A new series in which we look at once common curiosities of pop culture that don’t exist anymore, be it because of changing tastes, the fragmentation of culture, or merely the fickle nature of fads.

My first memories of pop music are around 1981, 1982, age three or so. That dovetailed with the time my parents’ reached that point that most parents reach—when they stop actively paying attention to and keeping up with current pop music. Thus, American pop music began with “Islands in the Stream” and “Hard to Say I’m Sorry” for me, and ended with “Islands in the Stream” and “Hard to Say I’m Sorry” for my parents. Since then it’s been nothing but The Big Chill soundtrack and church music.

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This conscious shift into ignorance or semi-ignorance of current chart hits has happened to me, too. I’ve got a kid and a job and a novel I’m never going to finish to tackle, so there’s less time for music. Every day for a few hours while I work I take some time to listen to good indie rock albums I somehow missed over the last couple of years. For my parents, who had at least three children (my memory is fuzzy) life got too busy to listen to music for which they didn’t already own the cassette. It’s incredibly ironic that my parents got too adult for pop music during a period in which pop music was at its adultiest. By which I mean the dreariest.

I probably have a fondness for music from the extremely early 80s because the music was incredibly non-threatening to a toddler, and also that the musicians I saw performing the music on The Merv Griffin Show and Solid Gold looked like my parents; the ladies had feathered hair, still leftover from the Farrahtastic 70s, and they wore unflattering and formless blousy dresses. The men wore sweaters, rocked chest hair, and almost always had full beards, glasses, and perms. Perms.

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Between the slow death of disco and the cementation of what we can all agree is definitive 80s music (wonderful synth-based songs about alienation made by precious little British men in funny clothes), Real Adults took over pop music. They ruled the airwaves and the culture with their boring, mellowing songs in which they worked through their boring adult issues both negative and positive, such as begrudginhly reaffirming your love for a longtime partner you awkwardly call ”lady,” and the joys of boat ownership. I am not even exaggerating; REO Speedwagon’s Hi Infidelity  was the top selling album of 1981; Christopher Cross, whose logo was a pink flamingo, swept the Grammys that same year. Women found Kenny Rogers, the physical embodiment of a midlife crisis, to be sexy. People got their groove on to Laura Branigan’s ”Gloria.” Barbra Streisand had multiple #1 hits. It was totally bonkers.

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But why? Were the 70s, with its Watergates and Vietnams and recessions and Rootses and iron-fisted peanut farmers so stressful that adults were left so fried that they needed to spend a couple of years, even if these were their last years actively consuming the culture, just chilling the hell out, agreeing with Eddie Rabbitt as to the goodness of rainy nights? Or rather, were the events of the 70s a complete disappointment, a betrayal of the promise of the countercultural60s, that adults needed to zone out and forget about being complete sellout nonstarters to a soundtrack of Michael McDonald forgetting he’s not in love anymore?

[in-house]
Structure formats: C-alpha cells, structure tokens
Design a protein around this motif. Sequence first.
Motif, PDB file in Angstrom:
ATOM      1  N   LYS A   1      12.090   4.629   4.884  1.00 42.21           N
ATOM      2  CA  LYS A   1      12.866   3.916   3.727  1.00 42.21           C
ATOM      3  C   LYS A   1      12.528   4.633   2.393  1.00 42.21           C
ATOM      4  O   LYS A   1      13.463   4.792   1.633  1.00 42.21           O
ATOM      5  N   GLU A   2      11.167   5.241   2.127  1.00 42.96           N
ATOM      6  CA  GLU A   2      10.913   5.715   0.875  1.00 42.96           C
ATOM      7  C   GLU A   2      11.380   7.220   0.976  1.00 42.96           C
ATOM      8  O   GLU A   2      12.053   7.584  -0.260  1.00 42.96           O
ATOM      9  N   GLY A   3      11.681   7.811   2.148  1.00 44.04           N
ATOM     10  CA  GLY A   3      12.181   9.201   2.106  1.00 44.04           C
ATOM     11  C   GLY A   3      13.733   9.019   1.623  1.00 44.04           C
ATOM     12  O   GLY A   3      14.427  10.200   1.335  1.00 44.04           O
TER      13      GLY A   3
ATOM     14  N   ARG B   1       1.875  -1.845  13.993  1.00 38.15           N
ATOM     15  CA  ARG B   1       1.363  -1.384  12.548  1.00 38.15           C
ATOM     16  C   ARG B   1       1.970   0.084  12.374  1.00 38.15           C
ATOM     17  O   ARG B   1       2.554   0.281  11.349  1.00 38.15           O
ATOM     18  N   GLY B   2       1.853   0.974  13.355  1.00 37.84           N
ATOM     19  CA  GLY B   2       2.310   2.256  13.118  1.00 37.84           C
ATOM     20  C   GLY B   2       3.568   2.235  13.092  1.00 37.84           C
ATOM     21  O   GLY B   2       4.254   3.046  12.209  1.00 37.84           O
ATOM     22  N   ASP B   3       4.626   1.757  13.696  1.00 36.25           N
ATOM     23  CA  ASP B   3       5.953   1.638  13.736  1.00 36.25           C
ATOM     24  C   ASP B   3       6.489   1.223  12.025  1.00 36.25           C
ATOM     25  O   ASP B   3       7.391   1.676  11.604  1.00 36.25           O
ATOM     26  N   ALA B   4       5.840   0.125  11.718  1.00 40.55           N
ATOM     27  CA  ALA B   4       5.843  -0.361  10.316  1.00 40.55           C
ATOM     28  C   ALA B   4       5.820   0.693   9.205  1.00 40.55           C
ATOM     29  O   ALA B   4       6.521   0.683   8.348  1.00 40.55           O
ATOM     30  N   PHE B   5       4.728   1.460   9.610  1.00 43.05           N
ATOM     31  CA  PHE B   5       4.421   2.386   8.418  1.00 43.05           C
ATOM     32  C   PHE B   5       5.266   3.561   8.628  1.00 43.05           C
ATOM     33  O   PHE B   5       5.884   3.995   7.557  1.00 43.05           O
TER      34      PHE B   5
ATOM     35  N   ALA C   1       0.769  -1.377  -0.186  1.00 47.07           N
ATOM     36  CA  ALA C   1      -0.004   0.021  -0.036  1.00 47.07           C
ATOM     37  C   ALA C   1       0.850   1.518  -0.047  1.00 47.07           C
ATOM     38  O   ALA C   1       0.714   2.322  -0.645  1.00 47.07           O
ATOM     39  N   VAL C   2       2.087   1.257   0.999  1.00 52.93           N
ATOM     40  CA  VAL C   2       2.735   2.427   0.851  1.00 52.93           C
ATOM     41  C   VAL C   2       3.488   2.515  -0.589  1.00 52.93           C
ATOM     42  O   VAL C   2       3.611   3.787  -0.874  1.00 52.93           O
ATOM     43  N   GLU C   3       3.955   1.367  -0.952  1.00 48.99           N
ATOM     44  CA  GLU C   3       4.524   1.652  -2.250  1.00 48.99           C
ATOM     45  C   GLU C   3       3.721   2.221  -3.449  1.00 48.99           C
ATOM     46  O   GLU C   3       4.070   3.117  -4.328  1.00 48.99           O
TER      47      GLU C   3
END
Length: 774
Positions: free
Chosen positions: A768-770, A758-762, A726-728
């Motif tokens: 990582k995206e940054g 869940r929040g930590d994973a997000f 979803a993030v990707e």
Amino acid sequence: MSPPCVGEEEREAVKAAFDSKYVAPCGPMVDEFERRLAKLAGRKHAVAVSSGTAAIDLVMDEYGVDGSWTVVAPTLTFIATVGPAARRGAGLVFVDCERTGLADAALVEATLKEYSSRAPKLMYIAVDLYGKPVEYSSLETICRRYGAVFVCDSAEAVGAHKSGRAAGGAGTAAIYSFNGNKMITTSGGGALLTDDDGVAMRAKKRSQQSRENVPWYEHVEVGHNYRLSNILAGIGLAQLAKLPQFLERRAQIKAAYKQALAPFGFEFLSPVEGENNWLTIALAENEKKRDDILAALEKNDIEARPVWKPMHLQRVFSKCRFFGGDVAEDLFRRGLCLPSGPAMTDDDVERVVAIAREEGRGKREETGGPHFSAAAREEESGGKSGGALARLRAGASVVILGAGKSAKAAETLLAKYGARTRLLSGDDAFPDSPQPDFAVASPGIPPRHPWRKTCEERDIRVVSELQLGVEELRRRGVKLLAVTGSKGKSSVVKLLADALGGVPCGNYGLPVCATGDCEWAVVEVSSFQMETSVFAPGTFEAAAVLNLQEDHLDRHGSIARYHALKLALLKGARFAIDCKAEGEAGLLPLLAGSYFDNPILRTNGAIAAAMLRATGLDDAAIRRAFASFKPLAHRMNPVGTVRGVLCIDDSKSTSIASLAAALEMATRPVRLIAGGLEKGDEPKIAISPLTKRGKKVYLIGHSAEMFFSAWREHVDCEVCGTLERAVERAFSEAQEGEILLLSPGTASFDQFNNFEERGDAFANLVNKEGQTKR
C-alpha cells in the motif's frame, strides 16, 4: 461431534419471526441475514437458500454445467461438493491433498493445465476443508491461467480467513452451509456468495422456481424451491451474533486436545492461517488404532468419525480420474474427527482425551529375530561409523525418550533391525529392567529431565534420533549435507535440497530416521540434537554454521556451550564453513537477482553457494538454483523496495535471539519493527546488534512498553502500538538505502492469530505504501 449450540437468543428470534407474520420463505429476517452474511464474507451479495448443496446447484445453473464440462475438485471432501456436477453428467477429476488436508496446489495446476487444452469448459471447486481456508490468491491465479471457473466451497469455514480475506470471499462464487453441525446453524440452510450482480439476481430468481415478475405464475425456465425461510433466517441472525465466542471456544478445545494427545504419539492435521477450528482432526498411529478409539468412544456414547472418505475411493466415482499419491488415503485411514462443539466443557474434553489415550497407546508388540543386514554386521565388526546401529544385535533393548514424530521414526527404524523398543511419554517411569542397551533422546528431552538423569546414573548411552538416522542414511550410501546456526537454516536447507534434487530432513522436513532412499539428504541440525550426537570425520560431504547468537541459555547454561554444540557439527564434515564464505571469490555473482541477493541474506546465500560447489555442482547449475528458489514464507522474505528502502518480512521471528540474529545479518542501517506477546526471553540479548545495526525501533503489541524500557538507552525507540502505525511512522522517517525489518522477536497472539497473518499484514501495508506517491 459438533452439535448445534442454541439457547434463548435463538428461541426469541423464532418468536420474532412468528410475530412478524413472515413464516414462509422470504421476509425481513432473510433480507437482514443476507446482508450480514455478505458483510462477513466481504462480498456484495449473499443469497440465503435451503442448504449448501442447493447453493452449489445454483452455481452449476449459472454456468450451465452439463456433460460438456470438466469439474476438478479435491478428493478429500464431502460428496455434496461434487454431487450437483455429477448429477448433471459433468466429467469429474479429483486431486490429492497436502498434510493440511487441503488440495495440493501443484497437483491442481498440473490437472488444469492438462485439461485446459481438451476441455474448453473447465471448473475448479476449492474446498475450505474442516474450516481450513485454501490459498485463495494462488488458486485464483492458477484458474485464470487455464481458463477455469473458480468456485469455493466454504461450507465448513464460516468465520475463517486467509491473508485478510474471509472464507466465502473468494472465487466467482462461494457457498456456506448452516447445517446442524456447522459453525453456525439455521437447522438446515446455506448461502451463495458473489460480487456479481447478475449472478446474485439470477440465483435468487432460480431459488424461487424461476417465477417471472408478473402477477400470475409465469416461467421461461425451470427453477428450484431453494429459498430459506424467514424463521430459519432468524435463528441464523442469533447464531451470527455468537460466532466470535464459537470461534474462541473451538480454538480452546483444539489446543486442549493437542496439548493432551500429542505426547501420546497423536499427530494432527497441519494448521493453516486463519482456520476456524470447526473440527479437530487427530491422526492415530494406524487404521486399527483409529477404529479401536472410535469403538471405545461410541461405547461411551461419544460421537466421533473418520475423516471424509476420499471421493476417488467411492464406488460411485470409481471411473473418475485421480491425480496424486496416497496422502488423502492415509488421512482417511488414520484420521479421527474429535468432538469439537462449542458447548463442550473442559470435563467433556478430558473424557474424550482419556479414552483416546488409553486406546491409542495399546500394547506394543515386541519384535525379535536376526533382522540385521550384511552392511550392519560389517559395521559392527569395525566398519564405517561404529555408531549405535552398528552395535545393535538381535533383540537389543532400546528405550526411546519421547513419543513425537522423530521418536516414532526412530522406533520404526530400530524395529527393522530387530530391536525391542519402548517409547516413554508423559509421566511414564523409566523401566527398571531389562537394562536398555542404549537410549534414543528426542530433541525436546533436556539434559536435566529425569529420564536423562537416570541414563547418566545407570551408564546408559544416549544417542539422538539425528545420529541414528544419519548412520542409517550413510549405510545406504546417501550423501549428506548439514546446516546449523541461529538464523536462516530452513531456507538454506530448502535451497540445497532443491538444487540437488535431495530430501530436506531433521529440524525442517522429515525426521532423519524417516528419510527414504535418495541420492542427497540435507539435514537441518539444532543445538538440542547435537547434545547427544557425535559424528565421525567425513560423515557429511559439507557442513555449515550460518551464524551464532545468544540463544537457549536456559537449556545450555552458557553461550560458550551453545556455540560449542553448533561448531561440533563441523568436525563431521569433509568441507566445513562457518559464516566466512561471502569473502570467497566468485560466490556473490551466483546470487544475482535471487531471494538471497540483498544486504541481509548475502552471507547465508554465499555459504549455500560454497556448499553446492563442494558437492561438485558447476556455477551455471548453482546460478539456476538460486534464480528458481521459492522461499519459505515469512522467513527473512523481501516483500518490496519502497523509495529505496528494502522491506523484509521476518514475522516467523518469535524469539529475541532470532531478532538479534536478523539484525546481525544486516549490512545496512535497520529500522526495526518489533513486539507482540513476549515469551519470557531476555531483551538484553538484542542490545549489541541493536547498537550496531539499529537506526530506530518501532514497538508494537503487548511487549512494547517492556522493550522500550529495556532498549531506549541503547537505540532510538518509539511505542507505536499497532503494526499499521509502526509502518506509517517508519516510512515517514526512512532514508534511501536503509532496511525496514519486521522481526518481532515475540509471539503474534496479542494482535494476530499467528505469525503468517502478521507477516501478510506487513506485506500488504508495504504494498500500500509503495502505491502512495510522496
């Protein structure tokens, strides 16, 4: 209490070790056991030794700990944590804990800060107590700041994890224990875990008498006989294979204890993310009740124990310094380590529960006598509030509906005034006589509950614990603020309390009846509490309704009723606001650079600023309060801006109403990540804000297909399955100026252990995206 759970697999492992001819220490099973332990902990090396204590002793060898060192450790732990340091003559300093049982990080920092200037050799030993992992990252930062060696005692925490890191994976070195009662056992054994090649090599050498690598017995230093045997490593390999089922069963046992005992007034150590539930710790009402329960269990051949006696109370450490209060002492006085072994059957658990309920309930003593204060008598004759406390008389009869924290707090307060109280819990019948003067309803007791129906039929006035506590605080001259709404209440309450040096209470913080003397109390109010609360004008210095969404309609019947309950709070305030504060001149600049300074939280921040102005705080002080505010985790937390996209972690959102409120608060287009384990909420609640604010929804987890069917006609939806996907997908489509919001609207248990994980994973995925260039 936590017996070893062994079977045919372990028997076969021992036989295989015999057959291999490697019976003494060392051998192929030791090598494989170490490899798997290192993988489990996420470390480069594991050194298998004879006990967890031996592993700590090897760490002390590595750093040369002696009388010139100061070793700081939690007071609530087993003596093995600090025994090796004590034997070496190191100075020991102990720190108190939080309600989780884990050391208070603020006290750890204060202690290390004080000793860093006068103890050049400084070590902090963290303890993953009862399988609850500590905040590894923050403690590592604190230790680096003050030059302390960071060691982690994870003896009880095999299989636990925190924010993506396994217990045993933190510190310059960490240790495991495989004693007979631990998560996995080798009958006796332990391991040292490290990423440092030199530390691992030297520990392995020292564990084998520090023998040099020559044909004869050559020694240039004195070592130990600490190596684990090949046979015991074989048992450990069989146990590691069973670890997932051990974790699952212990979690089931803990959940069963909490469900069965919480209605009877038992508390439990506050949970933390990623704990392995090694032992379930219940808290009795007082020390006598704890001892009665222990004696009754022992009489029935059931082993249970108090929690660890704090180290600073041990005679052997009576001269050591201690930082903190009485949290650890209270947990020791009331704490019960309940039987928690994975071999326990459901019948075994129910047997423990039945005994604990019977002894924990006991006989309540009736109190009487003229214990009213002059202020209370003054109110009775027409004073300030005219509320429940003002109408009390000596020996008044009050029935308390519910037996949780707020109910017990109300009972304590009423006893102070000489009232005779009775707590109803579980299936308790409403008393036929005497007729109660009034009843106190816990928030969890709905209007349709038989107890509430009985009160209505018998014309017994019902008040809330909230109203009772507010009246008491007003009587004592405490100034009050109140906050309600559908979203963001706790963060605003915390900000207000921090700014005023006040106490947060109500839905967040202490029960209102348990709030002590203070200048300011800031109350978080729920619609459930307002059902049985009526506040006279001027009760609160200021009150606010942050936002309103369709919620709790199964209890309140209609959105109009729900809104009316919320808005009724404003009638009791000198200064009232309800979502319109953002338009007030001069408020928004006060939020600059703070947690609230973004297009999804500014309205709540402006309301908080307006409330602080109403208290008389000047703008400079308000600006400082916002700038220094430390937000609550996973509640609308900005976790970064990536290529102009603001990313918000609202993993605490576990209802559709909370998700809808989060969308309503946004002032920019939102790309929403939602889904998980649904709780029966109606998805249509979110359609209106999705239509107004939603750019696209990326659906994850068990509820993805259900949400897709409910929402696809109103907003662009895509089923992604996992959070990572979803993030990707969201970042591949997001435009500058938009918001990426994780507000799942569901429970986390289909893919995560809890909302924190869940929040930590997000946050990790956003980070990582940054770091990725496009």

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Today, musicians on pop radio and in the celebrity-gossip complex, the universally recognizable ones like Kes$ha, Rihanna, BeyoncÁ©, Katy Perry—they do not sound or look like Kenny Loggins, Joey Scarbury, Matthew Wilder, the Climax Blues Band, or Kim Carnes, all of whom were, looked, or acted middle-aged. Sure, plenty of pop stars today are in their 30s or higher. That goof from LMFAO is 37. Fergie is 37. Gotye is 33. As is Pink. Hell, David Guetta is 45; my dad certainly wasn’t making club bangers about bitches when he was 45. And yet these particular performers are not any older than the soft-rock gods of the early 80s (Michael McDonald was 30 in 1982; Peter Cetera was 38), but they sure seem a lot younger. They act and dress young and make songs about young people things, primarily dancing, the club, and, somehow convincingly, being teenagers and figuring yourself out. Steve Perry, REO Speedwagon, Cross, and the lot seemed a hell of a lot older, probably because of their songs about second chances at love and life and the need to chill. But really probably because of their terrible clothes and facial hair choices.

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The end of the monoculture—the now-passed era in which we consumed whatever the Big 3 TV networks and six record labels with six radio formats presented us—has something to do with this. People over the age of 35 still make music that sells relatively well; they just promote it on Live With Kelly and Michael and dominate those “listen while you work” adult contemporary radio stations geared at frazzled adults. Of course, those stations’ playlists are still dominated by “Who’s Cryin’ Now” and “Key Largo.”

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Trends change and youth ultimately wins, but it’s related to the much covered concept of my generation and the next’s ”extended adolescence.” The generation that liked this depressing music about middle-aged woes, either on purpose or subconsciously, allowed their young to take their time to figure out their lives and to wallow in immaturity and self absorption well into their 20s and 30s. Because if they learned one thing, and could have given us one gift, it’s the idea that being a real adult, with responsibilities, and having a beard, and having to listen to soft rock, kind of sucks.

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